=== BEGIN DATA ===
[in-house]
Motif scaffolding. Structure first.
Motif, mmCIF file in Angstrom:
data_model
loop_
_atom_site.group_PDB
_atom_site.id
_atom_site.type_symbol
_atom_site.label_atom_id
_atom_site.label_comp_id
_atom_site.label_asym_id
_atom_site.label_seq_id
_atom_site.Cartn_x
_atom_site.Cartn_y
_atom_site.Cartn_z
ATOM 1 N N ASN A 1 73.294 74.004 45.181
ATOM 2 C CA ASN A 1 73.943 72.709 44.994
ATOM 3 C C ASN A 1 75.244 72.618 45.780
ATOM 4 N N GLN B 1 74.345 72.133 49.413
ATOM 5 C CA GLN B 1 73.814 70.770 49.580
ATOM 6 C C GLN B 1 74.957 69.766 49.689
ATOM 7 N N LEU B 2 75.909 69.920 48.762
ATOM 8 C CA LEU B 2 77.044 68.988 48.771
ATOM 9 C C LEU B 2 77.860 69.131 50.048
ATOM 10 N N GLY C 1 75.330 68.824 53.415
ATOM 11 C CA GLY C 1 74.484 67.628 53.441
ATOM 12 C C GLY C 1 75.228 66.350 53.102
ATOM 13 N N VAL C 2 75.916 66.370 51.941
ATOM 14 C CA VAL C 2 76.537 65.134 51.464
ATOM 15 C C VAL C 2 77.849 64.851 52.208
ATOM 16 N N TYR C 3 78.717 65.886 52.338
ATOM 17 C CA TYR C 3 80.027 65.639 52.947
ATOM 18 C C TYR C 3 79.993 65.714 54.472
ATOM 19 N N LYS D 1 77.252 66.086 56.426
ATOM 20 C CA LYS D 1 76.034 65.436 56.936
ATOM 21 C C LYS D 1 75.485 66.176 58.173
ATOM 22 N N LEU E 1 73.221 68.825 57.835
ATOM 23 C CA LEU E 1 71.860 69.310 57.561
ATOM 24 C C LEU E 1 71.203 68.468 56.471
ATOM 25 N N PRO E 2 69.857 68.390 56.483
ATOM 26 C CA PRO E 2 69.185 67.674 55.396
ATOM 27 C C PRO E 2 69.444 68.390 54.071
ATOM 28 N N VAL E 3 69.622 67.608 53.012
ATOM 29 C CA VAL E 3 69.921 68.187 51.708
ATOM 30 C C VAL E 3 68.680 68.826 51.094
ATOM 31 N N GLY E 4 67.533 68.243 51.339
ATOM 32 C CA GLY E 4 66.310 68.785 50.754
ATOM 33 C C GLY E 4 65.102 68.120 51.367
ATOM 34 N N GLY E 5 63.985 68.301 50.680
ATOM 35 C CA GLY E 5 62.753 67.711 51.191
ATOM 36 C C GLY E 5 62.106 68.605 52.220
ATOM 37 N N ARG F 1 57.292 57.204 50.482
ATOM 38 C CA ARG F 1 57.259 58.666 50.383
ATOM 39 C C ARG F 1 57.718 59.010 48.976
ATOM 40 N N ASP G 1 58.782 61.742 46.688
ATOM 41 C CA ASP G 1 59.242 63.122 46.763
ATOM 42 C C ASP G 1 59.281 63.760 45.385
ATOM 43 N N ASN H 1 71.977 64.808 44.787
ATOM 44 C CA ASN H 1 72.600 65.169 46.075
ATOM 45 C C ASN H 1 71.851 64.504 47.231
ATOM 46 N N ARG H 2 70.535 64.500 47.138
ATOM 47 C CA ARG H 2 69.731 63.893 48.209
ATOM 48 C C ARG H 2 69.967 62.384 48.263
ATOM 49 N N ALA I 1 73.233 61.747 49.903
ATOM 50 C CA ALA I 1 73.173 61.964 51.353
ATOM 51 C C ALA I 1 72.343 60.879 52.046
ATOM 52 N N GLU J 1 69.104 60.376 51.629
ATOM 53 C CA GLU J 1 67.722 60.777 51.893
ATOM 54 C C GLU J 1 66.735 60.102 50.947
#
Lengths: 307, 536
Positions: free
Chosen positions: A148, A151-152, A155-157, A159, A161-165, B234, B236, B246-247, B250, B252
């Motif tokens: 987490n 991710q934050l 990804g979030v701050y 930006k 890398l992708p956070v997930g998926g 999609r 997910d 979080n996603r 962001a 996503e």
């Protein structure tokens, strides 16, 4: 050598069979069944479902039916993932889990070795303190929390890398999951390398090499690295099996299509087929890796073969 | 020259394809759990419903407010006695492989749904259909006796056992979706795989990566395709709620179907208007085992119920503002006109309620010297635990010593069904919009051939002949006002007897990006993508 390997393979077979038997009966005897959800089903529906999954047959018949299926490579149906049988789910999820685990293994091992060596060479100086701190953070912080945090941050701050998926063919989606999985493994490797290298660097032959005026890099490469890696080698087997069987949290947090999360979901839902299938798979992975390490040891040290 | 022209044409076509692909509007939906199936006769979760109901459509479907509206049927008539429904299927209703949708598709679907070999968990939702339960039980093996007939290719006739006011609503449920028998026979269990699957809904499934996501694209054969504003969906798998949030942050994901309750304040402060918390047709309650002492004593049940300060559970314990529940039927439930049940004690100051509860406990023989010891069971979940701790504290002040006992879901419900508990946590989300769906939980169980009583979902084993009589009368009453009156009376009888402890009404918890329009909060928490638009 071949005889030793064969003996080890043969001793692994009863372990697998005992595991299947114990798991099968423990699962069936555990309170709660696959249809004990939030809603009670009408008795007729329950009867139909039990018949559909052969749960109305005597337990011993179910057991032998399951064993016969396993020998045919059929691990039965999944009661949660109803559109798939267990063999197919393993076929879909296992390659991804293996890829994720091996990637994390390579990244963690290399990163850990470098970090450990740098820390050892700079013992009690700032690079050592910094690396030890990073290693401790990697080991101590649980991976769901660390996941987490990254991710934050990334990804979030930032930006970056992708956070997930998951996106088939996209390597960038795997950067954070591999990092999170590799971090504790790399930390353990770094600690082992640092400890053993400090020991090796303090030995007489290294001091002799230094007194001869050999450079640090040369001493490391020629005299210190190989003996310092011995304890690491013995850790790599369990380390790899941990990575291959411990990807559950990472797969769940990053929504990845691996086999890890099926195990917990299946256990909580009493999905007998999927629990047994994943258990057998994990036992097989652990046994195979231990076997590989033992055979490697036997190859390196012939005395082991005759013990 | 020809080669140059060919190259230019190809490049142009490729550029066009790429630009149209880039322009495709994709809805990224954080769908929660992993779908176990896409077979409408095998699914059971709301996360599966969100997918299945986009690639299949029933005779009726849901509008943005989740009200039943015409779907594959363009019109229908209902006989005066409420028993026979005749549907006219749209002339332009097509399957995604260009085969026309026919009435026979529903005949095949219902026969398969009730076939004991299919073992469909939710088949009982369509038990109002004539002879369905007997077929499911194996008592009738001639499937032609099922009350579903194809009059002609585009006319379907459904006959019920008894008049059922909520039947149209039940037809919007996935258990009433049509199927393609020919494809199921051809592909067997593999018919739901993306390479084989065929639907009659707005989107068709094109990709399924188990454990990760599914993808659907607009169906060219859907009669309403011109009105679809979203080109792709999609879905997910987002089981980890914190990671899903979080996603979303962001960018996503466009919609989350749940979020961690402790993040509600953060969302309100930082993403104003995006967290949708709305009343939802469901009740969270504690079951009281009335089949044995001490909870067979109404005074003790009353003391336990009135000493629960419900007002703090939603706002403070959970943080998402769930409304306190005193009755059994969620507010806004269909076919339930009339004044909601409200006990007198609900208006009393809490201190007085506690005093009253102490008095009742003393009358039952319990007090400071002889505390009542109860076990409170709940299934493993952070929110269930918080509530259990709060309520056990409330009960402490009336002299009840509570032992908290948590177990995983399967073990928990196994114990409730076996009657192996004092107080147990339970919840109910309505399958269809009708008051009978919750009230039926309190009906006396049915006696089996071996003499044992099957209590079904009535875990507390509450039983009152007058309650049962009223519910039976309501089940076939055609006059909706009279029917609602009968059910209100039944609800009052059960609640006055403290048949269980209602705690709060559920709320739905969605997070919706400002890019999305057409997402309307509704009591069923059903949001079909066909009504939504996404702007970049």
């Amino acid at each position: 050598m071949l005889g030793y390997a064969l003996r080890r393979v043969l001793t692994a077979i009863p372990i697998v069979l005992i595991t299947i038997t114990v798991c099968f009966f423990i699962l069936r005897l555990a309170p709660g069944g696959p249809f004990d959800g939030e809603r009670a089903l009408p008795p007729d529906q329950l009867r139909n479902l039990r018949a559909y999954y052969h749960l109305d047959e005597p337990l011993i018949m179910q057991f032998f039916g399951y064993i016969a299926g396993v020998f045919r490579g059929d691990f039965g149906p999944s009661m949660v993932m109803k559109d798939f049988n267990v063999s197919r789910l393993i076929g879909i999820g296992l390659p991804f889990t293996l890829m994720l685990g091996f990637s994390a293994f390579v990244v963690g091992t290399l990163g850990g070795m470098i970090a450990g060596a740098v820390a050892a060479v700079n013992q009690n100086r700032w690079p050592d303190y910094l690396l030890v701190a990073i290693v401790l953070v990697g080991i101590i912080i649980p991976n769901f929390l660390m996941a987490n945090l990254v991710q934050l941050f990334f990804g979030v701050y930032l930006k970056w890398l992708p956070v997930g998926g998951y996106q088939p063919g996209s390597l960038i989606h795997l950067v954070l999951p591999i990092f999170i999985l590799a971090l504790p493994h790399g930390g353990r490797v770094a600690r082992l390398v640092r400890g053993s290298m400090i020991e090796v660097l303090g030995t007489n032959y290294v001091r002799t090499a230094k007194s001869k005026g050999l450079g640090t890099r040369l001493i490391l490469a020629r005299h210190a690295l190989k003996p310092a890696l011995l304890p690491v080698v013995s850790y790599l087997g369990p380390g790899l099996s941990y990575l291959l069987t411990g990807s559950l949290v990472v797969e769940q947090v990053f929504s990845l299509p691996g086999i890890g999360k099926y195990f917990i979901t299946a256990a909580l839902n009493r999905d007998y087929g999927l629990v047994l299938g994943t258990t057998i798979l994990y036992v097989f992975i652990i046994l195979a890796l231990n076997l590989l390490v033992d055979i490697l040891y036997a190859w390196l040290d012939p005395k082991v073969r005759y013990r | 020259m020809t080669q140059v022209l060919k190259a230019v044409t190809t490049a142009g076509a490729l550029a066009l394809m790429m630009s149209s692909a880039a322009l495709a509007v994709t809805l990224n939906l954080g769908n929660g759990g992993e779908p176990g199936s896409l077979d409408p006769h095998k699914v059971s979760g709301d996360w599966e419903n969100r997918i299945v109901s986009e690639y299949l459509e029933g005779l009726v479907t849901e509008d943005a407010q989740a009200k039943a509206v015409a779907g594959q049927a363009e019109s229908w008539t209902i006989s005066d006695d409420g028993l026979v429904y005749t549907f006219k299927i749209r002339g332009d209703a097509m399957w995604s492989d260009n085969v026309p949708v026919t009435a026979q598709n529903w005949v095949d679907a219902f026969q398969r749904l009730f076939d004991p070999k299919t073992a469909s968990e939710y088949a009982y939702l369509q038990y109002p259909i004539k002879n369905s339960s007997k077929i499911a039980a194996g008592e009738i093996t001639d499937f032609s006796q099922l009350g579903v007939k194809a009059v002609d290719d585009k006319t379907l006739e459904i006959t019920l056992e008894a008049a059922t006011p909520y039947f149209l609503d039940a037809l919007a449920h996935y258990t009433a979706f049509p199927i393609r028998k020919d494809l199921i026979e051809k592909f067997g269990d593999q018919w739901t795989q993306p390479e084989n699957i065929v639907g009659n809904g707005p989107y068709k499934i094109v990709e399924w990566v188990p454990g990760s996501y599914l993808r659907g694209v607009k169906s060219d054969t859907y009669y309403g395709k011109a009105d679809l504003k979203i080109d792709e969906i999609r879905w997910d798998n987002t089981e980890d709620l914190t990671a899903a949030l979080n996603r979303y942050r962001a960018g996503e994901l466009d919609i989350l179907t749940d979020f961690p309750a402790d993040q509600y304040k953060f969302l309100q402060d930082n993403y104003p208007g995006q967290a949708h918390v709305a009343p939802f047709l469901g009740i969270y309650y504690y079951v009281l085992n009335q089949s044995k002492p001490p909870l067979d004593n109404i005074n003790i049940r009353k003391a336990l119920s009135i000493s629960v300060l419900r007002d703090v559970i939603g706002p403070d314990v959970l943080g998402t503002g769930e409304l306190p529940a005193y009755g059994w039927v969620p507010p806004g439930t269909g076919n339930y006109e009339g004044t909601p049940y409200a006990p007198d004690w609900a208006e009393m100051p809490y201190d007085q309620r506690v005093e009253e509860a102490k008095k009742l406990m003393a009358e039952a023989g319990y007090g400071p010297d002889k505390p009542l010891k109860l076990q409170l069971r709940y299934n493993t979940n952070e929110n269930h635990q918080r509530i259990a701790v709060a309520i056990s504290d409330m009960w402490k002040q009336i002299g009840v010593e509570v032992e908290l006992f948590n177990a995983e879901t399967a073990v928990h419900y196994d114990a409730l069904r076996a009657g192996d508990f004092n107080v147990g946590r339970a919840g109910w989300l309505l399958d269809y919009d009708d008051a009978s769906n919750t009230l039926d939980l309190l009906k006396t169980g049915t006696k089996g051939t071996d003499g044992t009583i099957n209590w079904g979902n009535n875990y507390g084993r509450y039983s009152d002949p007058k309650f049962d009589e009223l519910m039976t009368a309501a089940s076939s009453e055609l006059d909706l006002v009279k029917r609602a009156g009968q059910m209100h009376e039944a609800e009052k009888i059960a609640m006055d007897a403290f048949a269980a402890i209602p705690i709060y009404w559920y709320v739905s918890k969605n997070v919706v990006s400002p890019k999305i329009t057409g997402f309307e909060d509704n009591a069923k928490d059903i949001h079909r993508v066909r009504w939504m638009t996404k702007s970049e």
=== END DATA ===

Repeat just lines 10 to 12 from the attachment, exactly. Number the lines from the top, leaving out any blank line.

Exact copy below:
_atom_site.label_comp_id
_atom_site.label_asym_id
_atom_site.label_seq_id